The story presented for Valeros is a perfect way to encapsulate his character. We even get a solid taste of Amiri in Origins #1, which is a welcome addition to the tale. I would have assumed both iconics to have a friendly, but competitive relationship, and the one presented in the comic supports and develops that. My other major praise has to be the dialogue. All of it is so in character and wholly entertaining. The one-liners delivered by Valeros alone had me chuckling. In addition, all of the minor jokes, both visual and written, all fit seemlessly within the larger story without detracting from its impact.

I hope the rest of these are as entertaining, and I look forward to the next installment.


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Such revelry that Cayden would be proud

*****

Every bit of Hall of Drunken Heroes warms my cold, lifeless GM heart. Even in re-reading the introduction to the Hall itself I find myself grinning like the Cheshire Cat.

"Cayden’s Hall is a massive, open fest hall of rough-hewn timbers. The latter have been replaced many times over the years thanks to their predecessors being burnt to cinders when the large, celebratory bonfires often burning within the wooden structure mixed badly with the very large and very inebriated crowds frequenting the establishment."

I think it's impossible to resist wanting to play a game where that is the setting. In addition to such a great location, the game starts off with what is probably the best briefing ever, as Osprey brings in a demon for the PCs to pump for information, like some 1970 beat cops.

Outstanding.

We then are taken into Cayden's Hall, thrown into a memorable barroom brawl and are free to roam through a series of clues and leads before arriving at what is probably the most challenging fight in all of Season 1 (sans Eyes of the Ten). And the fun's not done yet; you're only half-way through the scenario at this point!

I could keep going, but you shouldn't keep reading. Download this scenario and play it right now!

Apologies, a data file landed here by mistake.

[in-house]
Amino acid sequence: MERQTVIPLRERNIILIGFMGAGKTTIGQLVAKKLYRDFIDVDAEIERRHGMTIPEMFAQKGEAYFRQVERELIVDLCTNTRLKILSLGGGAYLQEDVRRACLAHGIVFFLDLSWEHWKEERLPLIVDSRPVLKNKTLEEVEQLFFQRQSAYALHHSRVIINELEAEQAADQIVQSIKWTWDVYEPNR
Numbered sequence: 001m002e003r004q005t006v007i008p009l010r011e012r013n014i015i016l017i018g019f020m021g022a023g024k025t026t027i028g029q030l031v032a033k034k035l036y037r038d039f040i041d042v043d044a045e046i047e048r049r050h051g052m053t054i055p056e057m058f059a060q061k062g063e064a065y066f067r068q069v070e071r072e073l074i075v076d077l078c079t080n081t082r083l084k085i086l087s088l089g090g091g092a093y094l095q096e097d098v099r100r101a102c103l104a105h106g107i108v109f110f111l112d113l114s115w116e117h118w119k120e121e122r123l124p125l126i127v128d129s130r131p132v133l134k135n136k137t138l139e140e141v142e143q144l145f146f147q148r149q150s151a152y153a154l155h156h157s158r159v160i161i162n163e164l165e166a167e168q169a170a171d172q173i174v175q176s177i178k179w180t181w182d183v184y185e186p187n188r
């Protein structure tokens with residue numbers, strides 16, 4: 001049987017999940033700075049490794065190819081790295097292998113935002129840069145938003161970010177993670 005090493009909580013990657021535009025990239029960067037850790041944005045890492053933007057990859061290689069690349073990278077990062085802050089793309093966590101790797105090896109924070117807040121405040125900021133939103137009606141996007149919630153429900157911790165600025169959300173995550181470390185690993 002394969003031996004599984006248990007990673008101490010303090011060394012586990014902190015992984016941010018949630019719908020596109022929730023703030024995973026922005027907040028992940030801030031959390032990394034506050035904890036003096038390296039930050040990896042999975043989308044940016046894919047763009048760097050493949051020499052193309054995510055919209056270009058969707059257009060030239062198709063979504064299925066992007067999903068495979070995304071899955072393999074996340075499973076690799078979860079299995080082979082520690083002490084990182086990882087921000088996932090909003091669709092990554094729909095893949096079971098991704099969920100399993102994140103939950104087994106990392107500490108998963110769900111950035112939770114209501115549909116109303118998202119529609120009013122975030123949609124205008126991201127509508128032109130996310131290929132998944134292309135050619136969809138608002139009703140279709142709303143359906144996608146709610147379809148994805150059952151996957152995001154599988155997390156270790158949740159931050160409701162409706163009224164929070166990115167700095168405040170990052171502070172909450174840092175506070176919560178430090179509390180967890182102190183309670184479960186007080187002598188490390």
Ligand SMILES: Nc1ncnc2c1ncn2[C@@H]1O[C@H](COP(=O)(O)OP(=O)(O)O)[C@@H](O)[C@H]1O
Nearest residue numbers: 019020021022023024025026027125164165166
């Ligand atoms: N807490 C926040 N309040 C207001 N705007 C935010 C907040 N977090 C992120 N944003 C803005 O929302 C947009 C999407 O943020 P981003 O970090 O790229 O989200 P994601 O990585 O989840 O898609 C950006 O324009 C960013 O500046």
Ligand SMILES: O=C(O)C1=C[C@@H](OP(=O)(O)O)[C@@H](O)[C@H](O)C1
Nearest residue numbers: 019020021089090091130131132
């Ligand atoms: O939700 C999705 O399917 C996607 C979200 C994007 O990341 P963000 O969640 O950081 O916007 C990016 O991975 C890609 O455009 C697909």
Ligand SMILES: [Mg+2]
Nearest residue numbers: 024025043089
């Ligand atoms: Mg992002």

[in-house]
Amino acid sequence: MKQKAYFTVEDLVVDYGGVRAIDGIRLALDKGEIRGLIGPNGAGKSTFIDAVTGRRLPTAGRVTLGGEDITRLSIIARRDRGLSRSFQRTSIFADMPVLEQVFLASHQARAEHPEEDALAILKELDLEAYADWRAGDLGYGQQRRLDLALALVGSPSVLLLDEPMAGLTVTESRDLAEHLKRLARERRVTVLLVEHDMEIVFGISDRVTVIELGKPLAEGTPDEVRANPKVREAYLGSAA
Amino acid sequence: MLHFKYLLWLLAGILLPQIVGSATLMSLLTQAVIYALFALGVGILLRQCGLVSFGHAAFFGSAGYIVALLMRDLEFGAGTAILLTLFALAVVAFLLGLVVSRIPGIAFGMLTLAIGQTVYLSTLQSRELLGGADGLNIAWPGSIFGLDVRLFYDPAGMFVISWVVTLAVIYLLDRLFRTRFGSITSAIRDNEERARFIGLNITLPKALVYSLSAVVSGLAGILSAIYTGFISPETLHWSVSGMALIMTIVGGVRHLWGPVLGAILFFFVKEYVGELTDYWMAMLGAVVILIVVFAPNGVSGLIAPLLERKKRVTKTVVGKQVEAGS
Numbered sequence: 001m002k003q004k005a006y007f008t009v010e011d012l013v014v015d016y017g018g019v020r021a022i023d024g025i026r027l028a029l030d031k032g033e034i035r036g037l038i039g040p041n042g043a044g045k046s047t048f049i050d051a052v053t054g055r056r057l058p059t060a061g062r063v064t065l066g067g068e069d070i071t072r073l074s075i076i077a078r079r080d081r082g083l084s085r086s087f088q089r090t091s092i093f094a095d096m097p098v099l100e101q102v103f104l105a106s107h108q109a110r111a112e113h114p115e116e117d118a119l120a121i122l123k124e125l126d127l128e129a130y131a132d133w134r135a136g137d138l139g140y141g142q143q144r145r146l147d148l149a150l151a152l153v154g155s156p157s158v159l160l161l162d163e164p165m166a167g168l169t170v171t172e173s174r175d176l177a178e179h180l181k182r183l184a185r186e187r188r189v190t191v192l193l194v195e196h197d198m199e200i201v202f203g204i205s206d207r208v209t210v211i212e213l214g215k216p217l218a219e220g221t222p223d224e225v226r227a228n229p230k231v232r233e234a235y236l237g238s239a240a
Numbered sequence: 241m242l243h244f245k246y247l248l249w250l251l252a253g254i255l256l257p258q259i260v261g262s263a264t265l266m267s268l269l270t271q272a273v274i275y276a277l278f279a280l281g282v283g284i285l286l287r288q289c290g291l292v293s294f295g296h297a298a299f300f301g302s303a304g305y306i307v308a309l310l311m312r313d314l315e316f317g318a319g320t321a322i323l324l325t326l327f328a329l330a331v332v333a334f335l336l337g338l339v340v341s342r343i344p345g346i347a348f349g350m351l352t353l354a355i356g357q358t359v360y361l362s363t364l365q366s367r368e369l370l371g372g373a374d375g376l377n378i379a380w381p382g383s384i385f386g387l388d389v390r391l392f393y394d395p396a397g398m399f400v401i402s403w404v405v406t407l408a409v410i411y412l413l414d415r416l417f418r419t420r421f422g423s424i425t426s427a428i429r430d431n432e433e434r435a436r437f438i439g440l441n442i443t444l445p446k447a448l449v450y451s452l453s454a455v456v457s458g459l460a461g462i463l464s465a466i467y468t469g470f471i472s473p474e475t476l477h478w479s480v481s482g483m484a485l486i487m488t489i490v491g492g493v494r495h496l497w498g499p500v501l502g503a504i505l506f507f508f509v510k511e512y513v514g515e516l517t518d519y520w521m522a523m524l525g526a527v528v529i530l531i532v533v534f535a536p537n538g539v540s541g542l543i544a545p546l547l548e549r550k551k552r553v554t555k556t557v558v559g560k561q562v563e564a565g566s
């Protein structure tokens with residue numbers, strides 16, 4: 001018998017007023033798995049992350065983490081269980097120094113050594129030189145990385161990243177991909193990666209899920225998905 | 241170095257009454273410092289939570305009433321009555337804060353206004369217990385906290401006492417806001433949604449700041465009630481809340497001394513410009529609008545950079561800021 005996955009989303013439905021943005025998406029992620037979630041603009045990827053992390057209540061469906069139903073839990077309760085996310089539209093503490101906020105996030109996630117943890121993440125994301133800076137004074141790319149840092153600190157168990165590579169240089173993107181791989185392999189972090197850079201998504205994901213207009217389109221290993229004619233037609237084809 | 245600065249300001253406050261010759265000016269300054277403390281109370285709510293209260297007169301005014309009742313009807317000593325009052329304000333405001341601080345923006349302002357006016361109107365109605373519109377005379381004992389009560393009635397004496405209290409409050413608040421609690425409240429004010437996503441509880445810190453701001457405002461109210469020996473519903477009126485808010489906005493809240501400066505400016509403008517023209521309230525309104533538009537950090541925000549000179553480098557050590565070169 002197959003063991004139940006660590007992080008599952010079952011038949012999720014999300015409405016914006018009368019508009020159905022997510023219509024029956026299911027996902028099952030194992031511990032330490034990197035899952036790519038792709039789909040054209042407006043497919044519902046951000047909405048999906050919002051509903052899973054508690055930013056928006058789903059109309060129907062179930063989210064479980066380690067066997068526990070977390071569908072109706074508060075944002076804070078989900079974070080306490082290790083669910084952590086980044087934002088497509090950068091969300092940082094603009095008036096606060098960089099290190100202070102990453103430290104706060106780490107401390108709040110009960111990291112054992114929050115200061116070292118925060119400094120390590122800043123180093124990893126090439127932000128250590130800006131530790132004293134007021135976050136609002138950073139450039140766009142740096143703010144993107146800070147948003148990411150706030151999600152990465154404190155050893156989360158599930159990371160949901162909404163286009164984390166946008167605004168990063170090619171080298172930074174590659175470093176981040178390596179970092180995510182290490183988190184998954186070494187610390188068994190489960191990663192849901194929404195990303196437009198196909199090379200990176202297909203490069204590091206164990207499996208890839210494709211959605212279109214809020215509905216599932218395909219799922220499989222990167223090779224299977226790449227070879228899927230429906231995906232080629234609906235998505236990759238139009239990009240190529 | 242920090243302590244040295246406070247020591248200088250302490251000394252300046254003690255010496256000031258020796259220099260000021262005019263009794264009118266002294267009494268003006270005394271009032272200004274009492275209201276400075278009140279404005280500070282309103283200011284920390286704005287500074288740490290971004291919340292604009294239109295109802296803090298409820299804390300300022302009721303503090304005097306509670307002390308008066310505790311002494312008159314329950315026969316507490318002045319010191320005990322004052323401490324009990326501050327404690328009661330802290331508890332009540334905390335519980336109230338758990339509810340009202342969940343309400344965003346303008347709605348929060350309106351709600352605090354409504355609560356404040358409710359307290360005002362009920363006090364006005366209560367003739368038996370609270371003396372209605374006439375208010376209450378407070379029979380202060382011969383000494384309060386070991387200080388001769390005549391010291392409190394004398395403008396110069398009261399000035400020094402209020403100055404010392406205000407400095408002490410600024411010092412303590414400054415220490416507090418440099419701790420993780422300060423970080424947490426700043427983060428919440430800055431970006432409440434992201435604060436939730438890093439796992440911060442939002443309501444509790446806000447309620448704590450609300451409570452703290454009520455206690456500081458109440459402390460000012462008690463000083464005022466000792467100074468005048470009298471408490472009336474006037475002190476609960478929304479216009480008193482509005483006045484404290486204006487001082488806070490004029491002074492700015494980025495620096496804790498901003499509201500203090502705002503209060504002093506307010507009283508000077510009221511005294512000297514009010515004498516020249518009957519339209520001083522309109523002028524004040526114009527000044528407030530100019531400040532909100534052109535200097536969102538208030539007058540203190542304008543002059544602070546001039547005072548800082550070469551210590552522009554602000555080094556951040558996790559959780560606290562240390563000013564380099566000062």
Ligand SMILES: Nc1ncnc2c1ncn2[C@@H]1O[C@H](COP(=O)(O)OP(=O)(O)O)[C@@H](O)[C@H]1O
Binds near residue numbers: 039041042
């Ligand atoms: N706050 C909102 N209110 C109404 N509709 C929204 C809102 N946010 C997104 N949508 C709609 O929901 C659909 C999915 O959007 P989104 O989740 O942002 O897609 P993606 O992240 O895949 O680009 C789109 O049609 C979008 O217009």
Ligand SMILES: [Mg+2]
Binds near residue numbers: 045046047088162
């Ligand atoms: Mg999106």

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This might be my favorite scenario of all time

*****

What an excellent scenario!

When this adventure came out, it was a showstopper when I ran it at PaizoCon. Players stood out of their chairs when the reveal happened that Season 4 was going to have a Thassilonian theme. That alone is great to have in a season finale scenario. But that aside, this scenario still carries its weight as we start moving into Season 6.

Each of the encounters is unique, challenging, and wrought with roleplay opportunity, and the trap(s) that lie within the Well of Tainted virtue are still whispered among my players to this day. In addition to having an especially potent BBEG, this scenario is well equipped to handle a seasoned party of Pathfinders and give them a run for their money.

It wastes no time placing your players into the action and has a thrilling "Stargate" styled introduction to boot. Despite their retirement, even the faction missions in this scenario are worth exploring. Cheliaxian PCs may indeed enjoy playing this scenario if they are willing to explore their... morally ambiguous side.

Literally the only thing that I have issue with in this scenario is the map. But given the setting and epic gravitas of this scenario, I don't mind drawing it out each time one little bit.

To this day, this scenario is the gold standard I use when gauging the quality of new 7-11 scenarios, as well as the season finale scenarios of season 4, and 5. And I still like Portal of the Sacred Rune more.